Physics 3220, Fall '97. Steve Pollock.
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Last time we introduced some general ideas about N-particle wavefunctions, including the form of the Hamiltonian. There is an important special case, which we will focus some attention on. It is not the only physically interesting case, but a lot of physics falls under this category. It is the case where there are no external fields, i.e. the potential is determined only by the relative positions of the particles. In this case, .
For such a system, the location of the origin is quite irrelevant for the energy. Only relative positions matter.
There is an even more specialized case (it is a subcase of the above), where the potential breaks up into a sum of independent 2 particle terms, i.e.
Notice that in this case, which we call "2 body forces", the potential depends on the separation between each and every pair. The pairs are all treated completely symmetrically (no one is special) and there are no 3 body forces, i.e. the potential between particles 1 and 2 is completely independent of where any other particles are. This is true of many fundamental forces of nature (like gravity, or electricity), and so this special case is still extremely useful and quite general.
I claim that if there are no external fields (either of the special cases considered above) then the total momentum of the system is conserved.
Let me first show you how the classical proof of this statement goes. Then, (following the philosophy of our example in Ch. 10 where we used rotational symmetry to prove conservation of angular momentum) we will use translational symmetry to prove the statement in quantum mechanics.
Define total momentum in the obvious way:
Newton's second law says
We make some abbreviations:
What we need for the right side of the Newton's law equation is a bunch of
partials of V with respect to x's. Changing variables to u, v, w, etc. we get:
If you add these all up, you see that every term which appears in one expression always appears in another one with the negative sign, they cancel term by term and the total sum is zero! (Convince yourself that this continues to be true no matter what n is...)
We just showed ,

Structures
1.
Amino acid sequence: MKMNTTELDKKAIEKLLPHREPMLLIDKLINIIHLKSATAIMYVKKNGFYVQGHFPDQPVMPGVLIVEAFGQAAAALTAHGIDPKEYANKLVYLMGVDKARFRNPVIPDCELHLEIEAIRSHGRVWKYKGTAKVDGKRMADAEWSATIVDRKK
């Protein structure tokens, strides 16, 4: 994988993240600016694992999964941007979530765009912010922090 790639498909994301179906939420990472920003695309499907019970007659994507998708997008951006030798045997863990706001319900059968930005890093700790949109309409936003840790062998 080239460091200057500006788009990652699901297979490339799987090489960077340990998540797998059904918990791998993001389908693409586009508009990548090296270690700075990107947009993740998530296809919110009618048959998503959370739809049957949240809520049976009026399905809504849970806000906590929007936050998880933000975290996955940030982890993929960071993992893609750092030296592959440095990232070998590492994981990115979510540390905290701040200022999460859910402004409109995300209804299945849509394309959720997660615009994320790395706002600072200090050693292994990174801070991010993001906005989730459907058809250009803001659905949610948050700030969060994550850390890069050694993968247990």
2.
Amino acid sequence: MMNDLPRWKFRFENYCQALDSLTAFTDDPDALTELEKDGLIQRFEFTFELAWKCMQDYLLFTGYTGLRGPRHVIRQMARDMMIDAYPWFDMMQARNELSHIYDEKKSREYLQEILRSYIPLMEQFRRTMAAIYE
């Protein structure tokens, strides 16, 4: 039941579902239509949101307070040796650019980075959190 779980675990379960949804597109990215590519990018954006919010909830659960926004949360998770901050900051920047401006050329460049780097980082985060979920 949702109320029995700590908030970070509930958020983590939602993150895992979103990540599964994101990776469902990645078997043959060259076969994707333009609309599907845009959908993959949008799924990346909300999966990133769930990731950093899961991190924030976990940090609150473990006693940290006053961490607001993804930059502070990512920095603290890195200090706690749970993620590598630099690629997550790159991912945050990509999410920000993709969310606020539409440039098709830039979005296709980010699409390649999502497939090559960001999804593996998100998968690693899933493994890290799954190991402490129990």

momentum is conserved!
(We use symmetry, similar to how we showed cons. of angular momentum.)
Observe that if there are no external forces, H is invariant under translations. That is, (for any translation of all x's)
Write down Schrodinger's equations in the x and x' frames
But I just showed H=H'. The energy is invariant, but the wave function is not. Let's Taylor expand u_E:
Plug this into the second equation we had just written above:
Now subtract the top from the bottom, using H=H', leaving
The epsilons cancel, and if we define total momentum in the most obvious way possible, namely
then what we just showed above is
Since this is true for any function u_E (which form a complete set), then it must be true that
which is the quantum mechanical version of conservation of total momentum. It arises clearly and directly from invariance under translation.
This is just another example of Noether's theorem:
invariance (or symmetry) leads to a conservation law.
Next we will consider the simplest N particle system, namely N=2.
Suppose first there was no potential at all, so we are simply describing 2 non-interacting free particles. We can write down the Hamiltonian:
and, as usual, we are trying to solve Schrodinger's Eq, which here looks like
This is a PDE in two variables, x1 and x2. Next, we will try first separating variables (to solve it directly), and also changing variables (to center of mass, and relative) to solve it an alternative way.
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